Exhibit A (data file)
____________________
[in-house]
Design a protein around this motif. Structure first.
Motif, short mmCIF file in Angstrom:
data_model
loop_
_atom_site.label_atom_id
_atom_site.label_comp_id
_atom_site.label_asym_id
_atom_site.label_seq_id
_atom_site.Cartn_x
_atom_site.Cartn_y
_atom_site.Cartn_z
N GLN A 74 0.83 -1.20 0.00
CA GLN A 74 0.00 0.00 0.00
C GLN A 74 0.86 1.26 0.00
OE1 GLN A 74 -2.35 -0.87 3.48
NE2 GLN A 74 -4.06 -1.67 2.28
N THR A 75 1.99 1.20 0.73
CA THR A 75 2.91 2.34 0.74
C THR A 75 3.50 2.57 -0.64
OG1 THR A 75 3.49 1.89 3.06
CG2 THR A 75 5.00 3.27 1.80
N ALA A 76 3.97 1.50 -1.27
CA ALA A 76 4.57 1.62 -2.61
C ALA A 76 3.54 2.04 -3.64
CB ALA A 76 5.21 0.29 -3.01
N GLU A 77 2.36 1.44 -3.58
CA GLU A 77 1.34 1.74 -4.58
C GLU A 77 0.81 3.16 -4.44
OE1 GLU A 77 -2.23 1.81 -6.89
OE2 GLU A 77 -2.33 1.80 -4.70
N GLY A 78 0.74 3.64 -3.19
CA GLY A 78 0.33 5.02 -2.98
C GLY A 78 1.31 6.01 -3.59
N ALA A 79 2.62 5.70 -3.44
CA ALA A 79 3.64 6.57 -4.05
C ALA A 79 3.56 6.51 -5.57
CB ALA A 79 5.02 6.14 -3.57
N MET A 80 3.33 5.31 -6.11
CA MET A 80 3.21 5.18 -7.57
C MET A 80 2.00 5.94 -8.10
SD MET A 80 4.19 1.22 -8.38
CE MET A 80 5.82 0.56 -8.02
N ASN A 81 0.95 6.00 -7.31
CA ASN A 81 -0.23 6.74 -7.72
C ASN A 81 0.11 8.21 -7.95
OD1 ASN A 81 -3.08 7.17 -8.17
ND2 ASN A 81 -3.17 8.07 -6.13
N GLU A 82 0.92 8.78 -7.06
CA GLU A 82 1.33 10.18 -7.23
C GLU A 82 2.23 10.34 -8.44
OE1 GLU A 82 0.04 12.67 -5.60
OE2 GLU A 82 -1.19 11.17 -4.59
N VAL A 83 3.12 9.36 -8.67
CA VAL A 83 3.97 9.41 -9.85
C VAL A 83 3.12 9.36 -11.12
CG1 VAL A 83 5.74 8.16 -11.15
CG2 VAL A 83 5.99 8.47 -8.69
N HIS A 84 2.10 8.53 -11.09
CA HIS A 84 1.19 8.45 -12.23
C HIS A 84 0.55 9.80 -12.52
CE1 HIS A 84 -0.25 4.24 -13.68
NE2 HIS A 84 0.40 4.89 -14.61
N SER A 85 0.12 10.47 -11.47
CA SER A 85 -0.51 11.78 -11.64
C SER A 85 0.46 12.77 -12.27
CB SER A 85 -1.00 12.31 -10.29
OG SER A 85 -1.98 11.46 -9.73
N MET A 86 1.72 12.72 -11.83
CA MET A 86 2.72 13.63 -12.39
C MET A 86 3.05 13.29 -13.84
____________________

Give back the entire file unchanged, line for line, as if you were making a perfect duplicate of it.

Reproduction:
[in-house]
Design a protein around this motif. Structure first.
Motif, short mmCIF file in Angstrom:
data_model
loop_
_atom_site.label_atom_id
_atom_site.label_comp_id
_atom_site.label_asym_id
_atom_site.label_seq_id
_atom_site.Cartn_x
_atom_site.Cartn_y
_atom_site.Cartn_z
N GLN A 74 0.83 -1.20 0.00
CA GLN A 74 0.00 0.00 0.00
C GLN A 74 0.86 1.26 0.00
OE1 GLN A 74 -2.35 -0.87 3.48
NE2 GLN A 74 -4.06 -1.67 2.28
N THR A 75 1.99 1.20 0.73
CA THR A 75 2.91 2.34 0.74
C THR A 75 3.50 2.57 -0.64
OG1 THR A 75 3.49 1.89 3.06
CG2 THR A 75 5.00 3.27 1.80
N ALA A 76 3.97 1.50 -1.27
CA ALA A 76 4.57 1.62 -2.61
C ALA A 76 3.54 2.04 -3.64
CB ALA A 76 5.21 0.29 -3.01
N GLU A 77 2.36 1.44 -3.58
CA GLU A 77 1.34 1.74 -4.58
C GLU A 77 0.81 3.16 -4.44
OE1 GLU A 77 -2.23 1.81 -6.89
OE2 GLU A 77 -2.33 1.80 -4.70
N GLY A 78 0.74 3.64 -3.19
CA GLY A 78 0.33 5.02 -2.98
C GLY A 78 1.31 6.01 -3.59
N ALA A 79 2.62 5.70 -3.44
CA ALA A 79 3.64 6.57 -4.05
C ALA A 79 3.56 6.51 -5.57
CB ALA A 79 5.02 6.14 -3.57
N MET A 80 3.33 5.31 -6.11
CA MET A 80 3.21 5.18 -7.57
C MET A 80 2.00 5.94 -8.10
SD MET A 80 4.19 1.22 -8.38
CE MET A 80 5.82 0.56 -8.02
N ASN A 81 0.95 6.00 -7.31
CA ASN A 81 -0.23 6.74 -7.72
C ASN A 81 0.11 8.21 -7.95
OD1 ASN A 81 -3.08 7.17 -8.17
ND2 ASN A 81 -3.17 8.07 -6.13
N GLU A 82 0.92 8.78 -7.06
CA GLU A 82 1.33 10.18 -7.23
C GLU A 82 2.23 10.34 -8.44
OE1 GLU A 82 0.04 12.67 -5.60
OE2 GLU A 82 -1.19 11.17 -4.59
N VAL A 83 3.12 9.36 -8.67
CA VAL A 83 3.97 9.41 -9.85
C VAL A 83 3.12 9.36 -11.12
CG1 VAL A 83 5.74 8.16 -11.15
CG2 VAL A 83 5.99 8.47 -8.69
N HIS A 84 2.10 8.53 -11.09
CA HIS A 84 1.19 8.45 -12.23
C HIS A 84 0.55 9.80 -12.52
CE1 HIS A 84 -0.25 4.24 -13.68
NE2 HIS A 84 0.40 4.89 -14.61
N SER A 85 0.12 10.47 -11.47
CA SER A 85 -0.51 11.78 -11.64
C SER A 85 0.46 12.77 -12.27
CB SER A 85 -1.00 12.31 -10.29
OG SER A 85 -1.98 11.46 -9.73
N MET A 86 1.72 12.72 -11.83
CA MET A 86 2.72 13.63 -12.39
C MET A 86 3.05 13.29 -13.84